A married couple from Germany were left paralyzed and fighting for their lives in intensive care for about 5 months. They fell ill after eating home-canned green beans.
The 47-year-old woman and her 51-year-old husband were diagnosed with botulism — a rare but probably life-threatening bacterial illness caused by a powerful toxin which can leave the body in a vegetative state — after eating the green beans, according to the Journal of Medical Case Reports.
Their son luckily managed to avoid the terrible illness when he refused to eat the green beans which he thought had “an odd odor.”
The woman began to experience dizziness, double vision, droopy eyes and also struggled to speak about 8 hours before being admitted to a hospital near Leipzig. A day later, her condition radically deteriorated. She was placed on life support after her body became paralyzed and her lungs began to fail.
The husband – who had consumed a smaller portion of the beans – suffered similar symptoms which were less severe. He was admitted to the same hospital a day later. His condition also deteriorated and he was eventually placed on life support as well.
After some testing, the beans were found to contain botulinum toxin A. Blood tests on the woman revealed she had the same toxin in her bloodstream, while tests on her husband were inconclusive.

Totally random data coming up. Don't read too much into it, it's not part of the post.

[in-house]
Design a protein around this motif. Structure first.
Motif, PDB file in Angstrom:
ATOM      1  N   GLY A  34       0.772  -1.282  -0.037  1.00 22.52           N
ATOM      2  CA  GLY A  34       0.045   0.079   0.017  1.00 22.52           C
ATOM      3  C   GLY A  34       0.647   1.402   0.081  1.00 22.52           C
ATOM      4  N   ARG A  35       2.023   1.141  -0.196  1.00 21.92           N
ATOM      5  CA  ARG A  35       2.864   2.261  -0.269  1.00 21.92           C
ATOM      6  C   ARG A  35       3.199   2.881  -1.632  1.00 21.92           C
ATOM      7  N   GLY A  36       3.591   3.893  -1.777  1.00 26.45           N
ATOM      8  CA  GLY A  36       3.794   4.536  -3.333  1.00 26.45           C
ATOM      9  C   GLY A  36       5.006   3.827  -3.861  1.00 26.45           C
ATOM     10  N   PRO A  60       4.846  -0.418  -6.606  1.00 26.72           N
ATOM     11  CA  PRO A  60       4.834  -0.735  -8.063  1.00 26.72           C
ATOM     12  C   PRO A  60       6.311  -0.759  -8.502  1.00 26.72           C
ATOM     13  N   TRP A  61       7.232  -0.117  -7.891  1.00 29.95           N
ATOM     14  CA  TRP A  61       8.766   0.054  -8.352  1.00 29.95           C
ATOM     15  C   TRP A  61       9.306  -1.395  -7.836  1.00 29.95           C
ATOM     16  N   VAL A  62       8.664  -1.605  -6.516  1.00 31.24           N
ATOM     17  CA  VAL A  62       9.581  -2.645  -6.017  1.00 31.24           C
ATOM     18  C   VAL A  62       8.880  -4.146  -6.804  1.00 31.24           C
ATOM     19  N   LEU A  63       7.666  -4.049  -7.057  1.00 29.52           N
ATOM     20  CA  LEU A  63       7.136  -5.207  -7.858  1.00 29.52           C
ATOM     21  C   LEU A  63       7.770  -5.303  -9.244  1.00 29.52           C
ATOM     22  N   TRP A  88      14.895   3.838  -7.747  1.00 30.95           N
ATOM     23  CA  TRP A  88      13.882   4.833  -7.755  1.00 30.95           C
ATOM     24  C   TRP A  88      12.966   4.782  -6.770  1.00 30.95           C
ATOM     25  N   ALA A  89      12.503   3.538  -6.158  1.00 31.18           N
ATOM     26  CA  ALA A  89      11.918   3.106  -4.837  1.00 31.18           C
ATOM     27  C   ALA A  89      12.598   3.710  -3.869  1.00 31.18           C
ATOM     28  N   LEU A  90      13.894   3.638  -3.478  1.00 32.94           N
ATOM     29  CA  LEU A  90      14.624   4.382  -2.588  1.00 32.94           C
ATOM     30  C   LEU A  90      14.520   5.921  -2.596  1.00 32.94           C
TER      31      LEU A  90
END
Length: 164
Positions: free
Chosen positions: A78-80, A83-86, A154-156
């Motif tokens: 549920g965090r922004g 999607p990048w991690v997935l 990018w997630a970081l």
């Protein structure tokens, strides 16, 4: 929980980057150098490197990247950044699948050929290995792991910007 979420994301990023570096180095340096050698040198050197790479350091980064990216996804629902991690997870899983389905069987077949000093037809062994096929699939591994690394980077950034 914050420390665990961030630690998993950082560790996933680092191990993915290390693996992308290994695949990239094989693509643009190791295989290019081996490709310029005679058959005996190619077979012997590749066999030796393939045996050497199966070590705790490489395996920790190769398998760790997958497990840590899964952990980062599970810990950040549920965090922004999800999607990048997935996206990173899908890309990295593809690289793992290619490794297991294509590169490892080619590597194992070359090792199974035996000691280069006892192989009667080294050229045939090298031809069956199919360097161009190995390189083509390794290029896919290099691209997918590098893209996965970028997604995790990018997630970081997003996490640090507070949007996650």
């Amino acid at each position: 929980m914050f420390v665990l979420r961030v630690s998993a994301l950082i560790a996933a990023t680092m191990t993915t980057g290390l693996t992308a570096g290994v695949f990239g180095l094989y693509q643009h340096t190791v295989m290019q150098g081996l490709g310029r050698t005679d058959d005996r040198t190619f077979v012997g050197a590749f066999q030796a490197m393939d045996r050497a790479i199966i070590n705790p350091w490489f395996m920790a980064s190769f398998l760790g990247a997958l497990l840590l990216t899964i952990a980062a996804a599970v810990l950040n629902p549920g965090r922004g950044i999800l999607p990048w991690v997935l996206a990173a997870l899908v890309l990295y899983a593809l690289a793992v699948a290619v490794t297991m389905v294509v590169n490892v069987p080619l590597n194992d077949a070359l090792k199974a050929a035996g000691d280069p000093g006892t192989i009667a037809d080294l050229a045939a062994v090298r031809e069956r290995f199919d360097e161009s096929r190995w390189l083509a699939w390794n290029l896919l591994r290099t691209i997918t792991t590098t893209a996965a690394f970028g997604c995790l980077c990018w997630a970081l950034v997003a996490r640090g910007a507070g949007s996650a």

Unfortunately, the recovery of the couple was vulnerable as doctors were not able to administer the botulism antitoxin – only effective when used within 24 hours of exposure to the toxin. By the time the botulism diagnosis was made, it had already been 72 hours since the couple ate the beans.
The wife required life support for almost five and a half months, while her husband was on life support for four and a half months, according to the journal.
Fortunately, both then went on to recover in rehabilitation, and after 11 months of hospitalization for the wife, and eight months of hospitalization for the husband, their symptoms totally disappeared. However, the 47-year-old still suffers from a depressive adaptive disorder from the ordeal.
According to the World Health Organization, botulinum toxins are one of the most lethal substances known and can block nerve functions leading to respiratory and muscular paralysis.
It is usually caused by “consumption of improperly processed food, is a rare but potentially fatal disease if not diagnosed rapidly and treated with antitoxin.”
“Homemade canned, preserved or fermented foodstuffs are a common source of foodborne botulism and their preparation requires extra caution,” the organization warns.
There are less than 10 cases per year in Germany and there have been approximately 113 cases in the EU per year from 2008 to 2012, according to the journal.
In a similar case back in 2017, three adults in New Zealand contracted botulism after eating wild boar.
Shibu Kochummen, 35, brought the boar home after a hunting trip that day, and he, his wife Subi Babu, 32, and his mother, Alekutty Daniel, 62, ate it for dinner. They began to suffer about half an hour after they started eating.